For those who campaigned for a Yes vote in the Scottish independence referendum, this is all too familiar. We look across the border and see a political landscape altogether different from ours, where deeper austerity, rampant neoliberalism, flagrant euroscepticism and never ending attempts to woo the “aspiring classes” seem miles away from the vision of social justice and greater equality that the independence campaign was predicated on.

Labour’s decision not to oppose Tory welfare reform and the fact that leadership candidate Liz Kendall believes that the reason her party lost in May was because they “focussed too much on the poor” betrays a truth long suspected by nationalists – that our society is sick, but ultimately incapable of being cured by an establishment that would rather offer tax breaks to millionaires than ensure that the poor can eat.

Ian Duncan Smith tells us that he “welcomes foodbanks and welcomes the decent people in society trying to help others who have fallen into difficulty”.

I also welcome the thousands of decent people who give their time helping those in need. However, in my naivety, I had always assumed that the reason I pay tax was to ensure that society protected the most vulnerable from hunger, rather than leaving it to the kindness of volunteers.

The afternoon I spent at the foodbank was a busy one, according to Moira. In just two hours on a wet Tuesday, eight people had come for help and left with what they needed to get by for another three days.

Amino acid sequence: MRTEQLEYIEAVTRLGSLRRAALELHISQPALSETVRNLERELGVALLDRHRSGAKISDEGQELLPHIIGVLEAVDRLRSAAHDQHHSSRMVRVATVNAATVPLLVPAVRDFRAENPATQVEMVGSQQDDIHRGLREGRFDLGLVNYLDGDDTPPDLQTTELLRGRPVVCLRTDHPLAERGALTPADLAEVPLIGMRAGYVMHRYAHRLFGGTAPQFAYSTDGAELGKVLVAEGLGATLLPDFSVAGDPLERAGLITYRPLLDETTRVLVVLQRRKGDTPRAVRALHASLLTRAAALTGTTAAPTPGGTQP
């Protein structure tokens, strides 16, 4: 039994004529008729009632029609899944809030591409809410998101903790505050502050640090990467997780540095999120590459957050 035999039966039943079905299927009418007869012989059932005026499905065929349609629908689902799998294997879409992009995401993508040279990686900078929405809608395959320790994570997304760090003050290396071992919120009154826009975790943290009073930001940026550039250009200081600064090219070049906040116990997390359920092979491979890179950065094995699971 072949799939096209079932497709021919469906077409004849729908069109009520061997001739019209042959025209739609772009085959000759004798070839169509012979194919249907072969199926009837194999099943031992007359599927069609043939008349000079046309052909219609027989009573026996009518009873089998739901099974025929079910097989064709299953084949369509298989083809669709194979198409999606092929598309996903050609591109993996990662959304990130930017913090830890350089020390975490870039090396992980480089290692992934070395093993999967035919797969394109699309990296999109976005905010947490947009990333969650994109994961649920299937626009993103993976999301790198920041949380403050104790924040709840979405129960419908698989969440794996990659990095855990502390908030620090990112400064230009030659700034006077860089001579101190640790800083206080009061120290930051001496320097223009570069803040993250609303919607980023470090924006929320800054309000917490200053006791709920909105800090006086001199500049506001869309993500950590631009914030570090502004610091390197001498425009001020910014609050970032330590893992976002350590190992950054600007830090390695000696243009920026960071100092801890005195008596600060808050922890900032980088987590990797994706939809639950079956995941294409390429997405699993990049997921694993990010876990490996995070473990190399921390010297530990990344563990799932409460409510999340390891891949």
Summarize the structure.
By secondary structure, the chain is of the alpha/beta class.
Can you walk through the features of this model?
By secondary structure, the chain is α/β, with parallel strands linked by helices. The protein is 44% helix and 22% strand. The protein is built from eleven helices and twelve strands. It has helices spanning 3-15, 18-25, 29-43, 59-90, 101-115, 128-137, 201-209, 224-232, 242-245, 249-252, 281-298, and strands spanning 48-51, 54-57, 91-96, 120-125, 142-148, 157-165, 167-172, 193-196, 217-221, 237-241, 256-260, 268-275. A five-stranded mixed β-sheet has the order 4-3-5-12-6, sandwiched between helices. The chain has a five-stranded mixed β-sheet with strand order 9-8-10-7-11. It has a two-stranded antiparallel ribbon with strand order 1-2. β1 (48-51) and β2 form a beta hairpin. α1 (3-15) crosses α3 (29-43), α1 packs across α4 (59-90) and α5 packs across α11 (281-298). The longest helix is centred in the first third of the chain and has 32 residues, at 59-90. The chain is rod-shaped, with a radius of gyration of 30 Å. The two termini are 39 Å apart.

Everyone was incredibly friendly and seemed satisfied with their visit, but that was the most distressing thing about my time there.
Persistent and dependable hunger has the most corrosive effect on the body, mind and soul. The ability to satisfy one’s hunger is the most basic human need – seeing people grateful and relieved to pick up a food parcel donated by strangers in one of the richest countries in the world made me feel sickened and ashamed.

Foodbanks have become a lightening rod for independence campaigners, as they are the clearest and most obvious symbol of a British state that is failing in its duty to protect the most vulnerable.

That’s why I applaud Mhairi Black, as well as the protestors in Dumfries, for their efforts in ensuring that a humanitarian crisis witnessed in every town and village in Scotland stays at the top of the political agenda and I encourage others to do the same.

Comments (21)

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  1. Alba Woman says:

    Thank you Lewis for a clearly written and accurate account of the existence of FoodBanks. I volunteer in a FoodBank and am part of a team of people dedicated to ensuring that people get fed.

    Difficult times can come to anyone. State support for those experiencing such times was hard fought. It is a societal disgrace that folk have to resort to FoodBanks to feed their families.

  2. Coral says:

    Eight people in two hours would be a slow day at the foodbank I help to manage in Smethwick. We have a high number of families with young children who rely on us in times of crisis. And yet donations are reducing, people think the ‘crisis’ is over. It is not. Changes from one benefit to another is an issue, as is starting work and a benefit being withdrawn, while payday is a month away.

  3. Lincoln Powell says:

    The reasons for the existence and proliferation of ‘food banks’ are indeed many and varied.

    And not, as Mike Small would have you believe, specifically and singularly the result of changes to benefits and benefit sanctions.